Simply put, to address the weakness of the U.S. economy we need an “Operation Twist” from Congress, not from the Federal Reserve.
For the past 25 years, as interest rates declined, our propensity to borrow grew as the cost of borrowing fell. Each time the economy stalled, the Federal Reserve found it easy to restart growth by encouraging us to borrow a bit more through the “credit channel” of monetary policy. But as we work off our national credit binge, this process no longer works the way it used to.
When the Fed signaled last year that it would expand its balance sheet by buying more Treasury securities, the hope was that this would encourage investors to drive up the value of stocks and bonds and that the wealth effect would encourage greater household and business confidence, leading to more investment and more jobs.
Any real chance for success required that Congress follow through to stimulate business investment. But during last year’s lame duck session, Congress and the administration were capable only of extending the Bush-era tax cuts and dropping payroll taxes — both principally support for consumption. Over the following months, they dragged down business and household confidence by bringing us to the brink of default and recession.
Now we begin again. The Fed’s extraordinary statement last month that it would hold down short-term interest rates for two years powerfully pulled down long-term rates, again supporting stock and bond prices. The Fed is debating whether to pull down long-term rates further through a twist in its balance sheet, by selling short-term Treasurys and buying longer-term ones. This will do little to give us promptly what we need: investment.
Our propensity to borrow is giving way to a propensity to save. Aging baby boomers are more likely to be encouraged by low rates to save more, not borrow more. Businesses are constrained from investing not because of high interest rates but because of a lack of confidence in the strength of the economy, high corporate taxes relative to the rest of the world, and uncertainty about future policies.
With household and corporate savings rising, we need to stimulate both the private and public sectors to turn these savings into investment. There is little the Fed can do to help this transition but much that Congress should do.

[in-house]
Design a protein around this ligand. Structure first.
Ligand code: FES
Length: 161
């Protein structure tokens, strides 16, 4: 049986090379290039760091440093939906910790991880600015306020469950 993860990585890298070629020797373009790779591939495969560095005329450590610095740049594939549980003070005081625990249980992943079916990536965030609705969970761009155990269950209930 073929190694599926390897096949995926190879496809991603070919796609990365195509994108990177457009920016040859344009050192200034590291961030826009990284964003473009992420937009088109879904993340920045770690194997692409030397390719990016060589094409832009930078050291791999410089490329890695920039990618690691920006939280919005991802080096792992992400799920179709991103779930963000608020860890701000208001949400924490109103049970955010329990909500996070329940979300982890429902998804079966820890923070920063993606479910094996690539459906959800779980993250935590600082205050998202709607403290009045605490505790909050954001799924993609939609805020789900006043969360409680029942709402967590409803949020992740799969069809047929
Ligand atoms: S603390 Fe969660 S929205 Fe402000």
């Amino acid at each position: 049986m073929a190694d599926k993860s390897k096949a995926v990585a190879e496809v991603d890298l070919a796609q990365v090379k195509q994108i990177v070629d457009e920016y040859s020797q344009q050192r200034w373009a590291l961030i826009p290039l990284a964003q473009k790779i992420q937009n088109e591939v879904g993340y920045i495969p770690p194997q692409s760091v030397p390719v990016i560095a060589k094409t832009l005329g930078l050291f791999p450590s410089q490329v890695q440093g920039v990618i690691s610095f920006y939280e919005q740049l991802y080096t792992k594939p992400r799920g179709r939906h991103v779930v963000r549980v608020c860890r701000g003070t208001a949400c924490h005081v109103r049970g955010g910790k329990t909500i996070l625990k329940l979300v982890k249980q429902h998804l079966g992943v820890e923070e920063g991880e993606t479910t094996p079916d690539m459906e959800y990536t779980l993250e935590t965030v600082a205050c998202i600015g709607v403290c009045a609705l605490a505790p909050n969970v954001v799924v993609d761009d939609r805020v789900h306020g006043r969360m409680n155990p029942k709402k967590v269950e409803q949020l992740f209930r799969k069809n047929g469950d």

Congress should act now to reduce significantly the path of spending on entitlements over the next 30 years but, because of the weak economy, it should not cut spending over the next two years.
The more important twist in fiscal policy that we need from Congress is not in the level of expenditures but in their composition. We need less spending on those things that merely support consumption and more support for those things that stimulate investment — now and in the future.
This should take the form of more genuine, direct investment in roads, bridges, railways, ports and other lasting infrastructure that will speed our products to global markets. We need more, not less, federal support for research and development. We should eliminate capital gains taxes on long-held assets and allow rapid depreciation for investment in new factories. Even better would be to significantly lower the corporate tax rate and eliminate all corporate tax credits and preferences, which would encourage the relocation from abroad of profitable activities and jobs.
Let’s make clear that the best ideas — in spending and in tax policy — will be those that stimulate the most investment. This is not a matter of ideology but of pragmatic self-interest: Jobs come from investment. Lower income taxes do not, by themselves, create investment; lower taxes on investment create more investment. Federal spending for consumption does not create as much investment as does targeted federal spending and incentives for investment. The differences are real.
The Fed should resist the temptation to drive interest rates yet lower just because it can. Congress should stop our over-reliance on the Fed by twisting fiscal policy away from transfer payments that subsidize consumption and toward policies that support both public and private investment.
The writer, Treasury undersecretary for domestic finance from August 2001 to October 2003, is a senior managing director and head of fixed income at BlackRock.